Understanding Inorganic Mulch

Inorganic Mulch

At my childhood home we’ve always had rocks covering the surface of our flower beds surrounding the house. I never quite thought of it as a type of mulch, but in fact, it is.

My parents planted heat tolerant and drought resistant plants in these spaces, on account of the warming effect that rocks have on the area they cover.

The warmth and good coverage means they rarely ever have weeds to contend with, which is a huge time saving aspect. Less time weeding affords more time to maintain the plants.

The hot, dry rocks keep the foundation of our home dry and free from invading creepy-crawlies.

And the most appealing feature?

It just looks nice! When the flowers bloom the beautiful colors just pop against the uniform backdrop of the landscaping rocks.

Sure, it was an investment up front that required a good deal of physical labor, but these rocks aren’t going anywhere anytime soon. They’ll get the job done for years to come.

The aesthetics, practical purposes and longevity of inorganic mulches make them well worth the money and time.

What is Inorganic Mulch?

Inorganic mulches are materials used for the same purpose as all other mulches. The distinguishing factor is that inorganic mulches are not derived from living materials. Therefore, they will not break down over time or add nutrients to the soil.

Despite this fact, they can be extremely useful in many different settings. The choices are plenty when you’re looking to invest in an inorganic mulch. Each type has particular characteristics that make it the perfect choice, given a specific scenario. Let’s touch on each type and explain what it consists of and the proper way to implement it in your growing space.

Types of Inorganic Mulch

The materials that make up different types of inorganic mulch are quite varied. Here you’ll find a comprehensive list.

Rock or Gravel

Rock mulches are available at any home improvement store, sold in bags or bulk. It’s a heavy job to transport them and then spread evenly throughout a bed. But once finished, there’s no way you won’t be satisfied at the clean, consistent look it gives your bed.

Rocks, pebbles and gravel are heavy and won’t blow away. They help hold the soil in place and prevent soil compaction.

Rocks and gravel may not be the best choice for every gardening space but here are some suggestions to perfectly put them to use:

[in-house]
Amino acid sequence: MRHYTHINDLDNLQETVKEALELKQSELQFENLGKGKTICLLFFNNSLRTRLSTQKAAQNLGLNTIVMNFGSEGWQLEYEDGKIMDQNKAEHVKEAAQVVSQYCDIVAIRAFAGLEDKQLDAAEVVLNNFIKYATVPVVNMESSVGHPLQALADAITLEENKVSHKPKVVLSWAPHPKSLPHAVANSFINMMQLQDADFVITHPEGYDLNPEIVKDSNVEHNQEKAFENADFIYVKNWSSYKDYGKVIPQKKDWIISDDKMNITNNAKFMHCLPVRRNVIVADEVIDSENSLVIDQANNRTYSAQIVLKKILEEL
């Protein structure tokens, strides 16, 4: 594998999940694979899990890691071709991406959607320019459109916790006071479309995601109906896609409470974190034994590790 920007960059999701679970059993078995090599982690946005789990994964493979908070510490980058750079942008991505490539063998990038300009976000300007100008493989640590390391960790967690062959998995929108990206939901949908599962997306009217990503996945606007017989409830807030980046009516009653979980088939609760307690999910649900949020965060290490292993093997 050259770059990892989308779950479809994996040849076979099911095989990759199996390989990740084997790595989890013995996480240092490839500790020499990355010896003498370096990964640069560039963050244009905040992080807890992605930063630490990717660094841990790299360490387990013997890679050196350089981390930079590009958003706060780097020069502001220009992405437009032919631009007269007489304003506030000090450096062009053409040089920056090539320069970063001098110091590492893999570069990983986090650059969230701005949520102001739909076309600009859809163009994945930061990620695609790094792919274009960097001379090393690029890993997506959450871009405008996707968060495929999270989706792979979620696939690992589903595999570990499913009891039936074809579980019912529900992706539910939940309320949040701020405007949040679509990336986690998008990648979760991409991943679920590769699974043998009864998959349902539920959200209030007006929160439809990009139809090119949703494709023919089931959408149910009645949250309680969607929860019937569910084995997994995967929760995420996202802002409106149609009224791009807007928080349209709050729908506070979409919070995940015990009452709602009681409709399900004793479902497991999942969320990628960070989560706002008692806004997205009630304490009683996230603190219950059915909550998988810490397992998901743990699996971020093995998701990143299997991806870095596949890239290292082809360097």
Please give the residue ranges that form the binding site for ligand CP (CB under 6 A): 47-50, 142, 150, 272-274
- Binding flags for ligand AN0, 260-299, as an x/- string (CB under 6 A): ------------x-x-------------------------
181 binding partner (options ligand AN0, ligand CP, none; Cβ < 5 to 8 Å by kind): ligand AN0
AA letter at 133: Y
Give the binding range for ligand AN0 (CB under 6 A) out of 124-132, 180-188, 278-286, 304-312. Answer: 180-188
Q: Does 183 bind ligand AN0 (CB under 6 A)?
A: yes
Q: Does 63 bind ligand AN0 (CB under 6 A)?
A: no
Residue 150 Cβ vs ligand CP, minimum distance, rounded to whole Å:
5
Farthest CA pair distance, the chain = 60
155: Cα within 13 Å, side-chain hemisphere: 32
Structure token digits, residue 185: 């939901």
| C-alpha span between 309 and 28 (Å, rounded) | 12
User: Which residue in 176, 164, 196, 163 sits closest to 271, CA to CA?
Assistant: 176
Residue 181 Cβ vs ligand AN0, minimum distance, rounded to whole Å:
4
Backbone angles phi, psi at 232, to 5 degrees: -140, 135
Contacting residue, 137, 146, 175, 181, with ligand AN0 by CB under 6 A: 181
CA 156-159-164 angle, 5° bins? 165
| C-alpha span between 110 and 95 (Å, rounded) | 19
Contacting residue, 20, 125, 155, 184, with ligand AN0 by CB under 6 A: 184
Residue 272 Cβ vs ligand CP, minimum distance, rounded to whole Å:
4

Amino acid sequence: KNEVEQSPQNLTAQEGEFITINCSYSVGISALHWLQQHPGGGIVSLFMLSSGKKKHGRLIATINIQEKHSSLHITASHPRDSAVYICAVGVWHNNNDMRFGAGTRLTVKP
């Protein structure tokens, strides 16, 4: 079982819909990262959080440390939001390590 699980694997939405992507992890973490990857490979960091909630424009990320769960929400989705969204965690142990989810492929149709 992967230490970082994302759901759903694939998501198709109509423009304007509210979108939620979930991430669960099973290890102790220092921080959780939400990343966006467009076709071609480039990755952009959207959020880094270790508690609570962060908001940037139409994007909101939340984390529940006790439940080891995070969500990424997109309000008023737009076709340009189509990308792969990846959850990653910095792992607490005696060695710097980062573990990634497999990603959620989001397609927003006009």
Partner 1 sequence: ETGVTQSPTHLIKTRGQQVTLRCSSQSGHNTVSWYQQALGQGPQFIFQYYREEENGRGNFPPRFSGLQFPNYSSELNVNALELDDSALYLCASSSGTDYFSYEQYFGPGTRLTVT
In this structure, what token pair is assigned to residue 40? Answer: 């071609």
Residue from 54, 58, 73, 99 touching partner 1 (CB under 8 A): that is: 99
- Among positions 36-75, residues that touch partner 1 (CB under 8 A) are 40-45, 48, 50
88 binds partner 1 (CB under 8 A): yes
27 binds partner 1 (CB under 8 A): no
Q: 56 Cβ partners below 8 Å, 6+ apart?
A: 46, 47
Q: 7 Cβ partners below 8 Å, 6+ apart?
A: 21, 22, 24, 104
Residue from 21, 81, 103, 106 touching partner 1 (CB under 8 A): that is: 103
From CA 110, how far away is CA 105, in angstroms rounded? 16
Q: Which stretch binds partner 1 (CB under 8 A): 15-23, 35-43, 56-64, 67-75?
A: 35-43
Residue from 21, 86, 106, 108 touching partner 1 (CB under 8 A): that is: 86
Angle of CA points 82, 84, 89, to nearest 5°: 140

• Apply a 6-12” layer of gravel around the foundation of your home to prevent moisture from seeping in and causing damage. This will make these spaces less hospitable to terrorizing pests like termites and cockroaches.
  • Gravel or stones are the best choice for laying out a driveway, walking path or hardscape. Building up a thick layer will prevent weeds from sprouting and keep these areas dry and free from muddy puddles.
  • Rock gardens and rain gardens are popular additions to enhance the beauty of your landscape.

Don’t use rocks as a mulch around trees or shrubbery, unless they are heat loving, acclimated to desert conditions. Rocks reflect the sun’s rays and will heat the soil which can cause damage to the roots.

Rock or Gravel Mulch

Landscape Fabric

Landscape fabric is an appropriate option in many circumstances. Also known as geotextiles, the fabric will smother weeds while permitting a free exchange of air and water.

Landscape fabric is laid down as a base layer, secured and then soil or another layer of mulch can be applied on top. From there you can plant without the worry of drainage issues or bothersome weeds popping up.

A couple places you should consider using landscape fabric:

  • An initial layer of landscape fabric around trees and shrubs will provide protection against weeds and compacted soil. Organic mulch can then be applied on top.
  • Areas where your garden or lawn has a steep grade can benefit from laying down sheets of landscaping fabric. It will prevent erosion and keep the soil in place.

Landscape fabric may not be the best choice in annual flower beds or vegetable gardens where you’ll be doing a lot of digging.

Rolled Plastic Sheeting

Black plastic mulch may be the best choice for battling weed invasions. Commonly used as a bed covering in agriculture, it makes large scale maintenance a snap.

After being laid out, planting holes are punched and you’re all set for a weed free bed. If you can get it applied early in the spring it will exponentially increase the warming of the soil. Plastic is also the cheapest of inorganic mulches.

The caveats to be aware of when using plastic mulch are:

  • Air and moisture can get trapped under the plastic tarp. Keep this in mind when planning the location, it may not be ideal for damp or shady spots.
  • It should be topped with an organic mulch to improve the appearance. Nobody wants the surface of their gardens to resemble a trash bag.
  • Plastic tends to disintegrate quickly under direct sun exposure. If left out in the field all year it will likely need to be replaced after one season.
  • Removing old plastic sheets can be a pain in the you-know-what. It can deteriorate into lots of little pieces, littering your soil.